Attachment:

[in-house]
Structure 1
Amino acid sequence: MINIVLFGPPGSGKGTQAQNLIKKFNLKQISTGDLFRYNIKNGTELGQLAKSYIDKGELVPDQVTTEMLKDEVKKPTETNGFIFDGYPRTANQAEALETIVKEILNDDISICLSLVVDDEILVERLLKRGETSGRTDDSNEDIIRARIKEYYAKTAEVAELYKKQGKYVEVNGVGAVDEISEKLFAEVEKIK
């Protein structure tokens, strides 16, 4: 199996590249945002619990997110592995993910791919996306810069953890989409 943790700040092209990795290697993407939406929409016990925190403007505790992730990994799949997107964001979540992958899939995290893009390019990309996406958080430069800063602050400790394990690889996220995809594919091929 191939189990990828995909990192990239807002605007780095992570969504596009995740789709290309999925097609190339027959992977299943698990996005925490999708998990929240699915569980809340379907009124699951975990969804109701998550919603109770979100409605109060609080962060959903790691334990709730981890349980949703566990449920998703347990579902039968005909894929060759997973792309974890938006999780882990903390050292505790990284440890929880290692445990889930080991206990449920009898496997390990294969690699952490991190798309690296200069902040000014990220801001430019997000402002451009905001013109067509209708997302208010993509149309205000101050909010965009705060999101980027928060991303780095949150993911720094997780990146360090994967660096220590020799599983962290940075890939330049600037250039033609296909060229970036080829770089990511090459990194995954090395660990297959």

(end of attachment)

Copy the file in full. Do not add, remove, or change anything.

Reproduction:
[in-house]
Structure 1
Amino acid sequence: MINIVLFGPPGSGKGTQAQNLIKKFNLKQISTGDLFRYNIKNGTELGQLAKSYIDKGELVPDQVTTEMLKDEVKKPTETNGFIFDGYPRTANQAEALETIVKEILNDDISICLSLVVDDEILVERLLKRGETSGRTDDSNEDIIRARIKEYYAKTAEVAELYKKQGKYVEVNGVGAVDEISEKLFAEVEKIK
């Protein structure tokens, strides 16, 4: 199996590249945002619990997110592995993910791919996306810069953890989409 943790700040092209990795290697993407939406929409016990925190403007505790992730990994799949997107964001979540992958899939995290893009390019990309996406958080430069800063602050400790394990690889996220995809594919091929 191939189990990828995909990192990239807002605007780095992570969504596009995740789709290309999925097609190339027959992977299943698990996005925490999708998990929240699915569980809340379907009124699951975990969804109701998550919603109770979100409605109060609080962060959903790691334990709730981890349980949703566990449920998703347990579902039968005909894929060759997973792309974890938006999780882990903390050292505790990284440890929880290692445990889930080991206990449920009898496997390990294969690699952490991190798309690296200069902040000014990220801001430019997000402002451009905001013109067509209708997302208010993509149309205000101050909010965009705060999101980027928060991303780095949150993911720094997780990146360090994967660096220590020799599983962290940075890939330049600037250039033609296909060229970036080829770089990511090459990194995954090395660990297959």